June 2nd, 2011

Despite law, junk food still reigns

Portland Tribune

It’s a sure sign of school lunchtime when the line forms outside 50th Avenue Market, a convenience store down the street from Franklin High School.

At Franklin, much like other Portland high schools, a stream of students leaves school at lunchtime to buy soda pop and other junk food that public schools are no longer permitted to sell, under the Healthy Foods for Healthy Students state law enacted in 2007.

Paul Sandhu, a sales clerk at 50th Avenue Market, remembers being mad that he could no longer buy soda pop at Molalla High School when the law took effect in 2008, while he was a student.

“Like these kids, I left the school to buy food outside school,” Sandhu says. Now he’s selling energy drinks, candy bars, muffins and other foods to Franklin students.

Sophomore Gabriella Karp popped by the store after school recently to buy some Cheetos and a Sprite. “School food in general isn’t that great,” says Karp, who often leaves campus for lunch to buy pizza and go to Burger King and other fast-food joints. Snacks in Franklin vending machines are unappealing, she says, and there’s no soda pop in the beverage machines.

“We go out to lunch to buy them anyway,” Karp says. As a result, though, “We end up going late to class sometimes.”

Oregon’s public schools are a laboratory for public health campaigns to address the alarming increase in obesity.

Medical researchers warned in 2005 that today’s children might be the first generation in American history to have shorter lifespans than their parents, because of increased obesity and the maladies it causes, such as diabetes.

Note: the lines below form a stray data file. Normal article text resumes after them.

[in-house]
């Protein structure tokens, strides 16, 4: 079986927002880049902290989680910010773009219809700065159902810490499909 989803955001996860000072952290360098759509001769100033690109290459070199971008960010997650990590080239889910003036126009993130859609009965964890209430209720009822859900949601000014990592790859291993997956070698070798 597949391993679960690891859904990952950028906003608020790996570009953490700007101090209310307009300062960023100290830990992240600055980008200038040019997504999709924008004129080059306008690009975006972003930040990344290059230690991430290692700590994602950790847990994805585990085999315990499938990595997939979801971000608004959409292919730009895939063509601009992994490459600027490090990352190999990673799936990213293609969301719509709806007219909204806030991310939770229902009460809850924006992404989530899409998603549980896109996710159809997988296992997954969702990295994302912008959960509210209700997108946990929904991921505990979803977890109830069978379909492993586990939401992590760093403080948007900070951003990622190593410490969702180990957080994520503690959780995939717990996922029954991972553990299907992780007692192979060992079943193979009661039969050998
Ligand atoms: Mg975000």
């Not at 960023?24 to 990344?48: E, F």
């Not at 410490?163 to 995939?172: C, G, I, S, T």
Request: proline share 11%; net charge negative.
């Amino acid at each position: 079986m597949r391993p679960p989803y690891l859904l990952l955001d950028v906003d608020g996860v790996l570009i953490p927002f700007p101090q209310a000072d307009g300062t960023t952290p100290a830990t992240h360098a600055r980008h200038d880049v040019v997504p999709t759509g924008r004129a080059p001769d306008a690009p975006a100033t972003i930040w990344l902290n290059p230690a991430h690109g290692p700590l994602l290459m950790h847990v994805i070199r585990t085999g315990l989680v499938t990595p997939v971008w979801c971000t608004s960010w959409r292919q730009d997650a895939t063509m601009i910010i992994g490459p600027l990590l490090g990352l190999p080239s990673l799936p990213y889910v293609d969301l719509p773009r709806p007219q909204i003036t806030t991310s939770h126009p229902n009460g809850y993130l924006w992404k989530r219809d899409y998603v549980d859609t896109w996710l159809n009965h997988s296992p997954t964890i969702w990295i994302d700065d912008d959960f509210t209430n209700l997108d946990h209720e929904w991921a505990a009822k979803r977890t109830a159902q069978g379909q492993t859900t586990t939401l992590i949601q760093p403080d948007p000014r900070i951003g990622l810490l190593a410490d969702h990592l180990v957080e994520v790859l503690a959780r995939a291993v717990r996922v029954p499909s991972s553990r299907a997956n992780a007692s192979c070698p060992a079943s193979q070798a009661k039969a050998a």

More than a third of the calories youngsters consume each day come while they’re at school, and students who are overweight at age 10 to 15 are 80 percent more likely to be obese by age 25, according to one study.

But government efforts to play food cop have their limitations.

“They think it’s going to be good for the kids; it’s really not,” Sandhu says. “They’re just going off campus and they’re skipping school.”

And public health advocates say the 2007 law came with no enforcement tools.
Getting around the law

Some Franklin students have discovered they can sneak into the custodian’s cubby to buy regular soda pop at a vending machine there. And the Franklin student store is still selling Coca Cola, Barq’s root beer and other drinks, in violation of the state law that bans sugary soft drink sales at schools.

A 2010 study by dietetic graduate students doing internships at Oregon Health & Science University found a variety of Oregon middle and high schools were still selling junk foods that didn’t comply with the law at student stores and vending machines.

Portland and other school districts have found it easier to assure compliance by relying on contracts with vending machine suppliers, says Shannon Stember, assistant director of nutrition services for Portland Public Schools.

Paresh Patel, whose Portland company, Courtesy Vending LLC, supplies the vending machines for Portland and several other school districts, says he went to great lengths to get manufacturers and other suppliers to change their offerings so his vending machines complied with the law. For example, the Franklin snack machines sell baked Doritos tortilla chips that have 50 percent less fat than regular Doritos. Yet Patel still finds unfair competition when some school student stores and other concessions don’t comply.

About a month ago, Patel says, he noticed a public school concession less than 30 feet from the main office. “It had every single thing that you can imagine you’re not supposed to have.”

Read more: http://portlandtribune.com/news/story.php?story_id=130696691881042200


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